• Usability: The system functions as per the requirements and design, but is difficult or confusing for real users to use in practice.
  • Maintenance issue: Production support staff experience difficulties supporting the operation of the application in production, i.e. due to insufficient logging or configuration options, or improper error handling.
  • Incorrect requirements: Once users actually use the system, they discover that what they asked for (the requirements) is not exactly what they want.
  • High-volume usage issues: I include in this category various types of issues that only seem to be discovered in production use including concurrency, compatibility, performance, and scalability.
  • Functional Defect: A failure of the system to function as per the functional requirements and design.

While I would expect most functional defects to be caught prior to release with careful testing, most of the other categories are less likely. To even have a reasonable chance of discovering these other issues requires a special focus on these categories during development and testing – i.e. including usability testing or stress testing. Given that functional testing is frequently cut short to meet project deadlines, these other types of testing are much less likely to be done at all, let alone thoroughly.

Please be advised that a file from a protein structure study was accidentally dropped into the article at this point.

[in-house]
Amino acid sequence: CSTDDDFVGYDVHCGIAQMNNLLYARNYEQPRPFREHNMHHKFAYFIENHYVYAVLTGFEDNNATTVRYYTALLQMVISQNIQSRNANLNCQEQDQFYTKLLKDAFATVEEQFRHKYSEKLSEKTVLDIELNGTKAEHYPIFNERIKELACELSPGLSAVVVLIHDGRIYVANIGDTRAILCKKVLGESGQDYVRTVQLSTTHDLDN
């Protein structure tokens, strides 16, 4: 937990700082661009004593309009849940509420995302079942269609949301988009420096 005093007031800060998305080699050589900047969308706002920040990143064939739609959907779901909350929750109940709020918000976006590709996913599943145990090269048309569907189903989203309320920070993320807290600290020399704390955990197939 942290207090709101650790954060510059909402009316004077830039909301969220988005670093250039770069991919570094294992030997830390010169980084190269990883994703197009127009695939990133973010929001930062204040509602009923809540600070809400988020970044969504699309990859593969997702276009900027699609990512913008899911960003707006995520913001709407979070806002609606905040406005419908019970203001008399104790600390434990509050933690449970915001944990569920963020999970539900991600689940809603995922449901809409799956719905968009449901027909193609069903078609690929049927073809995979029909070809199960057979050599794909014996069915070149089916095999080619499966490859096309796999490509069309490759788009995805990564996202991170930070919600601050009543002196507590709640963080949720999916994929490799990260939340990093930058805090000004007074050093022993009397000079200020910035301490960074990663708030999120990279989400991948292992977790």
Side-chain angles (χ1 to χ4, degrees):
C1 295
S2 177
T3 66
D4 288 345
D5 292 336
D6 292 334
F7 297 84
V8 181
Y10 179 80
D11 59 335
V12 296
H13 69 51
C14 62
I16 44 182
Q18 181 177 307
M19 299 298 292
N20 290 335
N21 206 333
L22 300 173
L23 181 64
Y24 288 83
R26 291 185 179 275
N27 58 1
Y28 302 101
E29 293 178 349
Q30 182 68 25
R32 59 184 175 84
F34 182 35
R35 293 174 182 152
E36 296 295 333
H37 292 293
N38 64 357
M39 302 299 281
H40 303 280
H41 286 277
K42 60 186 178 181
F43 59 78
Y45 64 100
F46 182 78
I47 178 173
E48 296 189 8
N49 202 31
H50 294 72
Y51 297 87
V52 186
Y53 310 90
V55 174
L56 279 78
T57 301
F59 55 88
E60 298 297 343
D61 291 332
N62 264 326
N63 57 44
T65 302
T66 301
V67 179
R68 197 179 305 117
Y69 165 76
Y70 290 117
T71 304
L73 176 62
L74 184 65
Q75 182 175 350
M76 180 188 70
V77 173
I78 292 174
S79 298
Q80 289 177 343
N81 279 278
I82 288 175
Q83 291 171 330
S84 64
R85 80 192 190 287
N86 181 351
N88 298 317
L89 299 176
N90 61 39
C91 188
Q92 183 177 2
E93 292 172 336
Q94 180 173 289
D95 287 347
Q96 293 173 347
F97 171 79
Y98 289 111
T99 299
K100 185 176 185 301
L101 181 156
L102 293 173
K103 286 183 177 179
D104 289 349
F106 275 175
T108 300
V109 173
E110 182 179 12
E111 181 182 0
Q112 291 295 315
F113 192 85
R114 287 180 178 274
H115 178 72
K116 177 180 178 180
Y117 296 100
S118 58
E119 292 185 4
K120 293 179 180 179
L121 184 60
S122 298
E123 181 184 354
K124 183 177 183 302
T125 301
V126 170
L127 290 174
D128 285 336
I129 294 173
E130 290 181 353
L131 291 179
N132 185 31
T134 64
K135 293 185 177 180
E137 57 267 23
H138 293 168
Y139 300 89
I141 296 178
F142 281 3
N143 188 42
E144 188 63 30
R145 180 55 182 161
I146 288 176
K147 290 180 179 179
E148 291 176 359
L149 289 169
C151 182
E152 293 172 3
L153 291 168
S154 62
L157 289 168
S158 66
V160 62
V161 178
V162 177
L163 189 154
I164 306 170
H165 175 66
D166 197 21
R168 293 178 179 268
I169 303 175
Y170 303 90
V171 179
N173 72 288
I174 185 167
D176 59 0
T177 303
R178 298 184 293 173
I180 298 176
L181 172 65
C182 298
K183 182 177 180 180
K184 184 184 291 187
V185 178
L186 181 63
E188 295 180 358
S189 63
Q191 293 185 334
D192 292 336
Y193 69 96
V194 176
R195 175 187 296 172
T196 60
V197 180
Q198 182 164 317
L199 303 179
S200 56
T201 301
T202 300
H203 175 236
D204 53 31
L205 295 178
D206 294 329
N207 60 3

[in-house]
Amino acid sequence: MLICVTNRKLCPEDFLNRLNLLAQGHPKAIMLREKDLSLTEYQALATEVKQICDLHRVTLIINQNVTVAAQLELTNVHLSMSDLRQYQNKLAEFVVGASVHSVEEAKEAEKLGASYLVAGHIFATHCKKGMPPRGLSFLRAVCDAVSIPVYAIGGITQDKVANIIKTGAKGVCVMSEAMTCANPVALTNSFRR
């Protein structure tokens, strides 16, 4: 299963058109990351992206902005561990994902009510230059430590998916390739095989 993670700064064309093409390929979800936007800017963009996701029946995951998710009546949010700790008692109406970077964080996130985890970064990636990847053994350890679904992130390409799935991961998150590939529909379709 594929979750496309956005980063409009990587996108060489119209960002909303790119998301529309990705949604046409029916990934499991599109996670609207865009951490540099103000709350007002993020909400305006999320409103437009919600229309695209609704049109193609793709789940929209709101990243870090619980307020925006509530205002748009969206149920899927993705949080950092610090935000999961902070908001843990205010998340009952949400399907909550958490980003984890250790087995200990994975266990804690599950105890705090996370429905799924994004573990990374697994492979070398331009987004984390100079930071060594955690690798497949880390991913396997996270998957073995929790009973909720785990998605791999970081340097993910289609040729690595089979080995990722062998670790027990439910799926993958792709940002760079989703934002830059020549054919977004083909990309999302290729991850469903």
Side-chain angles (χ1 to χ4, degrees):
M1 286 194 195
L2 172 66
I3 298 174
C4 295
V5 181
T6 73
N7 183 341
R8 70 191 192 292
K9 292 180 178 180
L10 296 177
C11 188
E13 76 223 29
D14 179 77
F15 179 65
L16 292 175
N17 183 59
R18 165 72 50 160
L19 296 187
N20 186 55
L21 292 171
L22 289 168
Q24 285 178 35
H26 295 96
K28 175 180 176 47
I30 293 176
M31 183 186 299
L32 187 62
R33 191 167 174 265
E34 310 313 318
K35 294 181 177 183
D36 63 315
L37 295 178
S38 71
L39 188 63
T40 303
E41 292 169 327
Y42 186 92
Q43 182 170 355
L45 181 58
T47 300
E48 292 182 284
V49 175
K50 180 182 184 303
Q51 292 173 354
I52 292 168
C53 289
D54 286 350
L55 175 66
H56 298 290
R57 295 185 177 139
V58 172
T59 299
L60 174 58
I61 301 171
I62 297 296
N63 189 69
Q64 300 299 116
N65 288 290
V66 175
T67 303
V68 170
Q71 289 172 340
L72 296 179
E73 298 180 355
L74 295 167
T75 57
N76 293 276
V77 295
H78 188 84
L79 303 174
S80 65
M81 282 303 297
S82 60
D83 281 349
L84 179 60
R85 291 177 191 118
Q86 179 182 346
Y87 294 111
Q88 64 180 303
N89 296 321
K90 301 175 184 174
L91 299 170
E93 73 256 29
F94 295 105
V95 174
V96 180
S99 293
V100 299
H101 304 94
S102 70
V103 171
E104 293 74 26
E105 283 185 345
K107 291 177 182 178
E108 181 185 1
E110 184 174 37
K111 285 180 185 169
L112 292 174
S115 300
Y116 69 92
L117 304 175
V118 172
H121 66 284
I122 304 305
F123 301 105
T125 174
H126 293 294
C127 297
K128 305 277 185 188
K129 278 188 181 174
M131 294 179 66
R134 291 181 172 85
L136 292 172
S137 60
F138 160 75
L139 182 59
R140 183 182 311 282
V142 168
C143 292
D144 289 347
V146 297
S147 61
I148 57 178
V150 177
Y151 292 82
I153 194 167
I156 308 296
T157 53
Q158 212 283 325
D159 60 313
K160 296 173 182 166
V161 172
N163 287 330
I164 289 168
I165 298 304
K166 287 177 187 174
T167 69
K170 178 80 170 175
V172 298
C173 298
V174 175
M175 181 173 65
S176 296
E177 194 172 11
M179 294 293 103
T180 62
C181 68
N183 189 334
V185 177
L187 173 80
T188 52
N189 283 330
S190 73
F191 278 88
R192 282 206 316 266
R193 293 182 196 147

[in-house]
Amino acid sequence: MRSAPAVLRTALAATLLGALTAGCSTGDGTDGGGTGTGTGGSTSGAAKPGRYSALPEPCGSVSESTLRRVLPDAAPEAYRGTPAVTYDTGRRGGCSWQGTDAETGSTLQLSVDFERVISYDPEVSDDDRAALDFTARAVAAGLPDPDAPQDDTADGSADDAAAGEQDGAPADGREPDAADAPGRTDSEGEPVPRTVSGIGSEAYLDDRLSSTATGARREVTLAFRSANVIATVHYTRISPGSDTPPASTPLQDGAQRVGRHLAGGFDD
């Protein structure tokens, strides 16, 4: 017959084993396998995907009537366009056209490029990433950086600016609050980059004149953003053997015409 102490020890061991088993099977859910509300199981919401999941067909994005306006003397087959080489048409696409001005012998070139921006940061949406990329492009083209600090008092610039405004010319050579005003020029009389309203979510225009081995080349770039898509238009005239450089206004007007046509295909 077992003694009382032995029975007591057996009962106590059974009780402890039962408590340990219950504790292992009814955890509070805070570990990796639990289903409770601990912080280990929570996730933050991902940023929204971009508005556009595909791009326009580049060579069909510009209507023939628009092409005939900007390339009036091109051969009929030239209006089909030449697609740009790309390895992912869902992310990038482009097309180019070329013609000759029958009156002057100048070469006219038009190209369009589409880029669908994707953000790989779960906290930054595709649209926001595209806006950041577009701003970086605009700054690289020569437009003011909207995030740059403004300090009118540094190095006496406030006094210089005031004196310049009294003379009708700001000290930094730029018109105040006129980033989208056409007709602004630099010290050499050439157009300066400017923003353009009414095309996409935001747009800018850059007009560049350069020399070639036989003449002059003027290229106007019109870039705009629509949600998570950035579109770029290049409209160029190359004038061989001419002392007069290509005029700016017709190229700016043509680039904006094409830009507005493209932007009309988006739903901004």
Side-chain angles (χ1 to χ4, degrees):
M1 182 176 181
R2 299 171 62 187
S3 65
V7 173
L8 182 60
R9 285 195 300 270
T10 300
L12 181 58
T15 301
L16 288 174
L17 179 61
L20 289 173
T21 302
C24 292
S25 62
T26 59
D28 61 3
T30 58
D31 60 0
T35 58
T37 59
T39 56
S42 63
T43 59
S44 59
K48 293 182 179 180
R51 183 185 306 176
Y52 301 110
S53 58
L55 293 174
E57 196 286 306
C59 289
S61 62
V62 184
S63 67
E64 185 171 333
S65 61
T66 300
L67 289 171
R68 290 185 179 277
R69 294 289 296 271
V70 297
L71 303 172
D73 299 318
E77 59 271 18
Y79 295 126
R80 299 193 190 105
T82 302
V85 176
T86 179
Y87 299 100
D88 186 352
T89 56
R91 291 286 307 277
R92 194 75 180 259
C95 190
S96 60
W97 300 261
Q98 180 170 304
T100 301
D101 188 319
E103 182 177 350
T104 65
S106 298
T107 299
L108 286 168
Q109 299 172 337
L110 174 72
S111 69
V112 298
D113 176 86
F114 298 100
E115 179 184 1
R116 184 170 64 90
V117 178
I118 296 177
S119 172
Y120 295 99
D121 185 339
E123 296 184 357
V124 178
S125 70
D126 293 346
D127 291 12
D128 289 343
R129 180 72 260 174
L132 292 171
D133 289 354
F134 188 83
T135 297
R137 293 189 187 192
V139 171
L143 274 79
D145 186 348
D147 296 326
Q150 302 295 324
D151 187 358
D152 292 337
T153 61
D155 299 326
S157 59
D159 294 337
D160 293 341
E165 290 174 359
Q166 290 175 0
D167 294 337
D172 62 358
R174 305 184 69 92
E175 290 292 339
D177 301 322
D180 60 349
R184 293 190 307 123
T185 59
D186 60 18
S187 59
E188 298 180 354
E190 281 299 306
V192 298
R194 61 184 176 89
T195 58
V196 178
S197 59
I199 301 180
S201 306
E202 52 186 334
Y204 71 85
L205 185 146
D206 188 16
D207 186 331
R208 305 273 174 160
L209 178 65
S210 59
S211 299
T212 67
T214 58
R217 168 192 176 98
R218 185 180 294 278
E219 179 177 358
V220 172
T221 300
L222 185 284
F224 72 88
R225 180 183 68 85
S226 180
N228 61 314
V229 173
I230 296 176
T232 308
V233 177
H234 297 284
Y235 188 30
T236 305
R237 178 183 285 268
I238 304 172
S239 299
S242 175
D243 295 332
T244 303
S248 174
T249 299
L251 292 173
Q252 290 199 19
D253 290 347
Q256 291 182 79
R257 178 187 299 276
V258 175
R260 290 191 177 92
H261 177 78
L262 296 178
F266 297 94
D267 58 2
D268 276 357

The fundamental issue is that the most thorough way to test software is to put it into active, daily use. (This is not necessarily the most cost effective way nor is it best for the users.) So despite all the testing that may be done prior to release, deploying the software to production and letting users hammer it is going to reveal issues. I believe that this leads, inevitably, to the observed cycles of incremental growth, as one or more follow-up releases are needed to address defects. The amplitude and frequency of the cycles can be reduced, but not eliminated.

Lessons Learned

What lessons can be learned from this pattern of cyclical incremental growth? What common practices in I.T. try to address this cycle?

  • For risk-adverse organizations, avoid software that has just been released with significant enhancements – i.e. release X.0. Instead wait for subsequent minor releases that address the inevitable issues found after the release – i.e. release X.0.1 or X.1.
  • Use beta releases to simulate an actual release. Whether the beta testers are a handpicked subset of existing users or are early adopters who voluntarily download the beta, the idea is to put the software into hands of users with the agreed expectation that there will be issues. This needs to balance two competing forces: putting the software to use as widely as possible to find issues versus keeping users happy about the product – which finding defects makes more difficult.
  • Software development teams should plan for an issue-fixing release after major enhancement releases, especially if other steps are not taken to minimize the cyclical pattern. This is surprisingly difficult as it is far easier for the team and management to stay in denial ("the software has no defects" being a common refrain of developers) than to accept reality and plan accordingly.